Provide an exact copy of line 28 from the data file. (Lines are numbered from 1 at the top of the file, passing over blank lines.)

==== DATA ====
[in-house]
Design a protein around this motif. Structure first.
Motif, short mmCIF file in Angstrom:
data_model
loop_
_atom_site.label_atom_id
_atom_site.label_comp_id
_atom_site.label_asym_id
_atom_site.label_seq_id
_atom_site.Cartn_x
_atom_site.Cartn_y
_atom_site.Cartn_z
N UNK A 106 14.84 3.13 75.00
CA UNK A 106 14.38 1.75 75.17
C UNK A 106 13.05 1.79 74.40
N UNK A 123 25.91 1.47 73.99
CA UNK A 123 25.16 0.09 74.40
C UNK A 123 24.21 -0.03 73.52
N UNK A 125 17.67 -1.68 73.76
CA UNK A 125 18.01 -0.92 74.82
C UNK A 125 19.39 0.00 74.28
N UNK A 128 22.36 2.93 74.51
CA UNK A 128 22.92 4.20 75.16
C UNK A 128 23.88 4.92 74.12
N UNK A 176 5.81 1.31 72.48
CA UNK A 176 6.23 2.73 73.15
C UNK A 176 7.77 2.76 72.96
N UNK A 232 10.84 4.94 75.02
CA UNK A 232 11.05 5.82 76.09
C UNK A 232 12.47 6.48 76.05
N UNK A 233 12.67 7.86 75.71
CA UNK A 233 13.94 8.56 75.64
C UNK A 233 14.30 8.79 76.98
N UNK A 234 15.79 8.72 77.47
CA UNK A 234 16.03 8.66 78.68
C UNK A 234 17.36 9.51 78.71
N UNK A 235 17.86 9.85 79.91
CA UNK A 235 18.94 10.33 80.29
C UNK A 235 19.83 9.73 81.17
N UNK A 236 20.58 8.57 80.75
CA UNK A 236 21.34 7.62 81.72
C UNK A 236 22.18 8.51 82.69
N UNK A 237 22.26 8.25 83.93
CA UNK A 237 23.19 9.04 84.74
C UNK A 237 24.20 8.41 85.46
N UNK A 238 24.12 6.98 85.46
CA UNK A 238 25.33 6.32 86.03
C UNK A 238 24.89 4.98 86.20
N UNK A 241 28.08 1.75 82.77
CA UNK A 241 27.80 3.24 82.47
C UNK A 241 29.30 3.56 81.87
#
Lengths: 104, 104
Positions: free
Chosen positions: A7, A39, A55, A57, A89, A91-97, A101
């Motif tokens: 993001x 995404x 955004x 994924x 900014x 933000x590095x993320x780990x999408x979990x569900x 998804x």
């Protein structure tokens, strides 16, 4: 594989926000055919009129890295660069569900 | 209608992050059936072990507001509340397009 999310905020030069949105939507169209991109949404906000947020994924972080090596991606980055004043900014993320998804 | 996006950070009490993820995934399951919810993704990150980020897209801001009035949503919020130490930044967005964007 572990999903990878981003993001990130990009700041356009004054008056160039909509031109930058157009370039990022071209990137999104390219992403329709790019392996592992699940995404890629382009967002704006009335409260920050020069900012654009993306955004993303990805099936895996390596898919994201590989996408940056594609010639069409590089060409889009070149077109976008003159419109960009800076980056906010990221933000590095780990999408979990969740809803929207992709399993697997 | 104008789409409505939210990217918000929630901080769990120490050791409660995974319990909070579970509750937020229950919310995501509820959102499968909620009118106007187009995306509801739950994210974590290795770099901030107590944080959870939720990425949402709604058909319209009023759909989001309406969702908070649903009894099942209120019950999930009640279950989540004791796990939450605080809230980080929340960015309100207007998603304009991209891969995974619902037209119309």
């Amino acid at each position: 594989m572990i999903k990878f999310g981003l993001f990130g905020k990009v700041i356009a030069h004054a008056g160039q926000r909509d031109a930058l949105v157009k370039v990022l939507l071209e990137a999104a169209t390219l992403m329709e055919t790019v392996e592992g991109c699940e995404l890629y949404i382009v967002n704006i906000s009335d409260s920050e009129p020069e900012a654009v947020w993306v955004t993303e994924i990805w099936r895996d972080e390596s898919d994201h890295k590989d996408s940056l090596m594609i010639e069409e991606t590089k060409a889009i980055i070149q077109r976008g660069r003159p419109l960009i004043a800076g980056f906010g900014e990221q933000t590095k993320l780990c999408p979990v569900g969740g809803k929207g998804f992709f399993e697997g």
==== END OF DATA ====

N UNK A 232 10.84 4.94 75.02